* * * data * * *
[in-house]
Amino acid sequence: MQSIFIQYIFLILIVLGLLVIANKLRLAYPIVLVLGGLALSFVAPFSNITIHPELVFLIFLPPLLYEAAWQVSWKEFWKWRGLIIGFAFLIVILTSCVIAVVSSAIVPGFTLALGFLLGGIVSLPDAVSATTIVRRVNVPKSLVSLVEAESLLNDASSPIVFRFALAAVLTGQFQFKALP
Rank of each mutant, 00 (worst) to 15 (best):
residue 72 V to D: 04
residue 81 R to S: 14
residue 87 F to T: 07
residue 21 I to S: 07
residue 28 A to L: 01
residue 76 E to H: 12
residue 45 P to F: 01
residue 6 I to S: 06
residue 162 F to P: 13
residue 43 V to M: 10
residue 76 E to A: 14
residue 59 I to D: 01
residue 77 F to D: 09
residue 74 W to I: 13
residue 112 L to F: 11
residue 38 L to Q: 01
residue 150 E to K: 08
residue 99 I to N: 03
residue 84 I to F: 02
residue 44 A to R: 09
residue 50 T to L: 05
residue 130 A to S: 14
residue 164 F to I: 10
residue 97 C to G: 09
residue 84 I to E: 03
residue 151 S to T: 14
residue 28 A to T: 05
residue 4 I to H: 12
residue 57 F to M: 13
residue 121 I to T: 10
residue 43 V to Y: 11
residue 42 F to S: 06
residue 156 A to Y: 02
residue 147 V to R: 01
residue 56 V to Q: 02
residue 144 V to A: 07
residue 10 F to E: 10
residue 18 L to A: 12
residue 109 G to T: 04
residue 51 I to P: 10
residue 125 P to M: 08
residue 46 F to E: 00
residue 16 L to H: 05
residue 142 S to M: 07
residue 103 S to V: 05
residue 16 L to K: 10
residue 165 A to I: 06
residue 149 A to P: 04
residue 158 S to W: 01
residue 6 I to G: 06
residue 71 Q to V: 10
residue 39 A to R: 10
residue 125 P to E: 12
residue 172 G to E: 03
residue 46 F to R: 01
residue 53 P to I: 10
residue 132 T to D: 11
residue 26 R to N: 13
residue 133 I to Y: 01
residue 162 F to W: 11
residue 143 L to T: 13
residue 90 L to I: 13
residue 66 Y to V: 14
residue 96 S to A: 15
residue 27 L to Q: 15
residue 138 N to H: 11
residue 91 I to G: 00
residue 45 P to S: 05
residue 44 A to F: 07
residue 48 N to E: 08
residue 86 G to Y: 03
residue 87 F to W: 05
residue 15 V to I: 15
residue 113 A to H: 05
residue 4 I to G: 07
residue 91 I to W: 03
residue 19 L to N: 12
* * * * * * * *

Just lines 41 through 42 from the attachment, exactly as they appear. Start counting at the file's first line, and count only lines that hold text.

residue 18 L to A: 12
residue 109 G to T: 04